Late last month a petition received over 104,000 signatures to remove the tax on feminine hygiene products and amend the Federal law that currently considers them a “luxury” item.
The fight against the GST dubbed the “tampon tax”, has previously been fought and either lowered or removed in Canada, Ireland and the United Kingdom, but rejected twice already in Australia.
Heading the movement is Rochelle Courtenay, founder of the not-for-profit organisation, Share the Dignity.
Courtenay says the difference this time is that the movement has a groundswell and is systematically going through judicial and political systems rather than previous attempts of online petitions such as change.org.
Courtenay founded the organisation in 2015 after reading about women in Australia who were suffering every month because they couldn’t afford sanitary items.
Those worse affected include homeless women and indigenous communities, who Courtenay says are using products for an unhealthy extended amount of time and using old and dirty towels each month.
“Is that not against our health?” she asked.
“Everybody has the right to have access to sanitary items, it’s a fundamental human right.”
Courtenay says the government is not doing enough to combat this issue and politicians are “uneducated” when it comes to the reality of menstruation for disadvantaged women.
“The tampon tax infuriates me because it’s a bunch of men, who don’t want to talk about periods… Malcolm Turnbull once turned his head in shame that I’d actually said the word to him in public,” she says.
The failure for the government to properly address the issue Courtenay says is a large reason why it’s considered taboo to openly discuss it.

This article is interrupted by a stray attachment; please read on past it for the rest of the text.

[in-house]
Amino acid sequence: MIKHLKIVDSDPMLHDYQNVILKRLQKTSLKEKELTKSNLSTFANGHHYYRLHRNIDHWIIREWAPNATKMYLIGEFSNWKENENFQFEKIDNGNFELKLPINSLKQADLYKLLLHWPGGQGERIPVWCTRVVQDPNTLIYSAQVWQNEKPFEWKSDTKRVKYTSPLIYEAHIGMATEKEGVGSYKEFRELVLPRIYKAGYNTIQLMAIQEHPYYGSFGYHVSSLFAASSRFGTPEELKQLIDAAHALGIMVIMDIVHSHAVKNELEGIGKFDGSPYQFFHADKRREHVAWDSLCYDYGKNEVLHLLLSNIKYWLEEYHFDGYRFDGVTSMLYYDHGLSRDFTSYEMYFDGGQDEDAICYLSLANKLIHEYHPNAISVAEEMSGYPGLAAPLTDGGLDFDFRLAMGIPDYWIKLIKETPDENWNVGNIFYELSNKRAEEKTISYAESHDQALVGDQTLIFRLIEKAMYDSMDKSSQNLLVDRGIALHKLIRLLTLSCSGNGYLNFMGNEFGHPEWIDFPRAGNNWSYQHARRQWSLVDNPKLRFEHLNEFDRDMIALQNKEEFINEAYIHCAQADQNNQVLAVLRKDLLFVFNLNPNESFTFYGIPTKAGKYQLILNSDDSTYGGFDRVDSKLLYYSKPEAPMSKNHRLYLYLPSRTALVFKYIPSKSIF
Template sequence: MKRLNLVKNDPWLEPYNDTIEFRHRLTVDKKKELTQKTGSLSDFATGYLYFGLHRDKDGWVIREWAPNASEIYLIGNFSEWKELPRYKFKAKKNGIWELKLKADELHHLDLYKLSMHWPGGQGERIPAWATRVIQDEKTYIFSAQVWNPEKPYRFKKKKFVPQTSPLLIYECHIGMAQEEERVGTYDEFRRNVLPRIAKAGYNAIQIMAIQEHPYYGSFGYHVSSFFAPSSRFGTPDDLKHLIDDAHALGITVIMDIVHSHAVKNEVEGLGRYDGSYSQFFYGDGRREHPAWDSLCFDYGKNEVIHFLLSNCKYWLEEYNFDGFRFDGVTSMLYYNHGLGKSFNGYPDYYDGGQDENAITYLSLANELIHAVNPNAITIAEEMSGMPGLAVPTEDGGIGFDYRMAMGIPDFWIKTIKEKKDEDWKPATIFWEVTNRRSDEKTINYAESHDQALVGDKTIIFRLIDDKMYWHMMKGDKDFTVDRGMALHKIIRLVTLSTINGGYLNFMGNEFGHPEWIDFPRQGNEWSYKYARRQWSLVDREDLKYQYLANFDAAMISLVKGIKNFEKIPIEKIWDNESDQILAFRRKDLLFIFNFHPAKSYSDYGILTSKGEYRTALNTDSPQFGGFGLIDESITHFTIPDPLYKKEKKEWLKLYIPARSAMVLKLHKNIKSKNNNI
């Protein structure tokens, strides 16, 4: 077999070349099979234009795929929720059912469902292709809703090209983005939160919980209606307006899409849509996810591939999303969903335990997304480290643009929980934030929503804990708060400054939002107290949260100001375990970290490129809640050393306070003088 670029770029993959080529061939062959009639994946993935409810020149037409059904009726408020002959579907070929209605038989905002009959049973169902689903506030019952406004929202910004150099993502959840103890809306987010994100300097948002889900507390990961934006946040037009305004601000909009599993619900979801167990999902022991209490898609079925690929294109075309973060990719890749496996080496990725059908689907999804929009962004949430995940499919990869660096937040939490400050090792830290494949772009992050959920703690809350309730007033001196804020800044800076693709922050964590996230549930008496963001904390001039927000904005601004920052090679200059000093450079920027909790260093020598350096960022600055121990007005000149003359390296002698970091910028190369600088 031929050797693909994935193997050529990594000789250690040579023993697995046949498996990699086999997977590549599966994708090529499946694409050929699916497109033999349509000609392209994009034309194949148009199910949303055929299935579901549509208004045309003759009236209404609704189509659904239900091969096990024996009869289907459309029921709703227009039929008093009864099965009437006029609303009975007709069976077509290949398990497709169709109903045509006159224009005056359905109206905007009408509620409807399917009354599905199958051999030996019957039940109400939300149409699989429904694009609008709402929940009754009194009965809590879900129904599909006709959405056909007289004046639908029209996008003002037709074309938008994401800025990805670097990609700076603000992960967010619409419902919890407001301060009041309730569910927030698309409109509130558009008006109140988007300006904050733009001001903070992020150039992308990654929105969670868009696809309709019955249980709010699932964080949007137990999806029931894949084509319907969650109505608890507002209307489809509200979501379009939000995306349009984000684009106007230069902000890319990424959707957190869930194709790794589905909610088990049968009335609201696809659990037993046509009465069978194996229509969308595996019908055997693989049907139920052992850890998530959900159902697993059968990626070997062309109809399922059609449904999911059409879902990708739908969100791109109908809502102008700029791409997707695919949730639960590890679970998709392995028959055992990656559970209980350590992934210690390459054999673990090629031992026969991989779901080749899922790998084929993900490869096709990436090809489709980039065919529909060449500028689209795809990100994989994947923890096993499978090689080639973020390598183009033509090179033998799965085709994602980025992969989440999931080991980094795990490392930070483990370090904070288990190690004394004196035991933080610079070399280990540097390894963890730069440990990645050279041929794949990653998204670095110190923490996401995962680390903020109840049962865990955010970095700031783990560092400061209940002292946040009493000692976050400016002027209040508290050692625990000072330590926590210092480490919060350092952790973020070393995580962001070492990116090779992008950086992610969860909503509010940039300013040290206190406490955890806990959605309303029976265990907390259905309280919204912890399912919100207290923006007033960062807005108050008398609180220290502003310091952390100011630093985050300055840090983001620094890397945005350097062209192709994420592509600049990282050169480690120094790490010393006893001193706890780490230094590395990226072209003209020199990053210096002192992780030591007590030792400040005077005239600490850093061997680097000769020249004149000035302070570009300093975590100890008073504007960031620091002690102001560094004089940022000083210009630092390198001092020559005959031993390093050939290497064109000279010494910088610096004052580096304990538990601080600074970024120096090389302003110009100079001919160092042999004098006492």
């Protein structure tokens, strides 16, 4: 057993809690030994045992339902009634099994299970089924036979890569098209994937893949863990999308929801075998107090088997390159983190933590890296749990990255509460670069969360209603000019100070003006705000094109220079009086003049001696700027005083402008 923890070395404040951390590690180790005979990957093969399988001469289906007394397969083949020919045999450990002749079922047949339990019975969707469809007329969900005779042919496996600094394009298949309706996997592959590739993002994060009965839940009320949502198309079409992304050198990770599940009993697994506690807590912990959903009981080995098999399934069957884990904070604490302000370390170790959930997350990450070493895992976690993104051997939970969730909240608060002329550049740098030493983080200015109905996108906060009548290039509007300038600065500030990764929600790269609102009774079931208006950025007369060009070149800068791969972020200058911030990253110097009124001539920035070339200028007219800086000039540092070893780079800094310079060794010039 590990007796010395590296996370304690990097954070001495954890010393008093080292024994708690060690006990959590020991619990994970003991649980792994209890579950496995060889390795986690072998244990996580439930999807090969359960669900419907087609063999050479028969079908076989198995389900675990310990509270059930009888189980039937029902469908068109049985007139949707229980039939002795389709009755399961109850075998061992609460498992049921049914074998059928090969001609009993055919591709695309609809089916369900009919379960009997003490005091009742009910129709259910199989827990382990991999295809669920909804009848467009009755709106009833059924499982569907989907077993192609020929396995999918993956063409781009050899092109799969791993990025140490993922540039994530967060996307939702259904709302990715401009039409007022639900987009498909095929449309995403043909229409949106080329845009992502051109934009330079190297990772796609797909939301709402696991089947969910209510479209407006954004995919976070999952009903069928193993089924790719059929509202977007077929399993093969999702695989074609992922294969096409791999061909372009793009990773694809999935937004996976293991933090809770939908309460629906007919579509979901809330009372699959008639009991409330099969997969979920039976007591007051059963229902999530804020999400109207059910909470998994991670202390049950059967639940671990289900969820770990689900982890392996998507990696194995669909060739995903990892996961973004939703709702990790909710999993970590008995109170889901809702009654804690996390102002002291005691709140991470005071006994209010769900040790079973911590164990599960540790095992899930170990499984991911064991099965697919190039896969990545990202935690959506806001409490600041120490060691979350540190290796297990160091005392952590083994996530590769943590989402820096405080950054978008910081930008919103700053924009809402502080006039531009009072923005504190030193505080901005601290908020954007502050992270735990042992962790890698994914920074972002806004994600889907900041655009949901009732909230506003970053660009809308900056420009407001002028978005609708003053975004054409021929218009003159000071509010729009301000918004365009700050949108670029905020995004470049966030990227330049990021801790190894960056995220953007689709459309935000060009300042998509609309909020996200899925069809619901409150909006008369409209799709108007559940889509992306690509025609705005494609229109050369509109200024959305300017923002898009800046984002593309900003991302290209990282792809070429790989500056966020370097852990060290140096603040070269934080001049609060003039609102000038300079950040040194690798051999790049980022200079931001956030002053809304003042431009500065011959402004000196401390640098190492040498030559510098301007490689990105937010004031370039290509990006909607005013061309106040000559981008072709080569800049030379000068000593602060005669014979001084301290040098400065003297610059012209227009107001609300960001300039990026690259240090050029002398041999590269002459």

“This is a monthly issue and nobody wants to talk about it,”
“It’s so unsexy that mainstream media won’t even touch it,” she says.
As a mother of two girls herself, Courtenay says the education system does not spend enough time teaching children about menstruation.
“Menstruation is something that affects everybody. Even if you don’t have a period you came from somebody who does,” she says.
The organisation is currently installing sanitary vending machines throughout schools and shelters in Australia made possible through donations and fundraising.
The process of creating the free feminine hygiene packs for machines is long and tedious Courtenay says, as they must reach the health standards of the Therapeutic Goods Administration (TGA) as they fall under a medical item.
The irony is not lost on Courtenay who says it’s contradictory for Australian law to deem sanitary items as a luxury, where the TGA deems them medical.
Courtenay is preparing to travel to Canberra to meet with the state ministers and gain their support on the issue before it’s tabled in parliament.
She says she’s confident at this stage, having the public support of The Greens and having spoken to ministers on the topic in the past.
“I just hope that we get to do this for the very last time in Australia because it’s embarrassing.”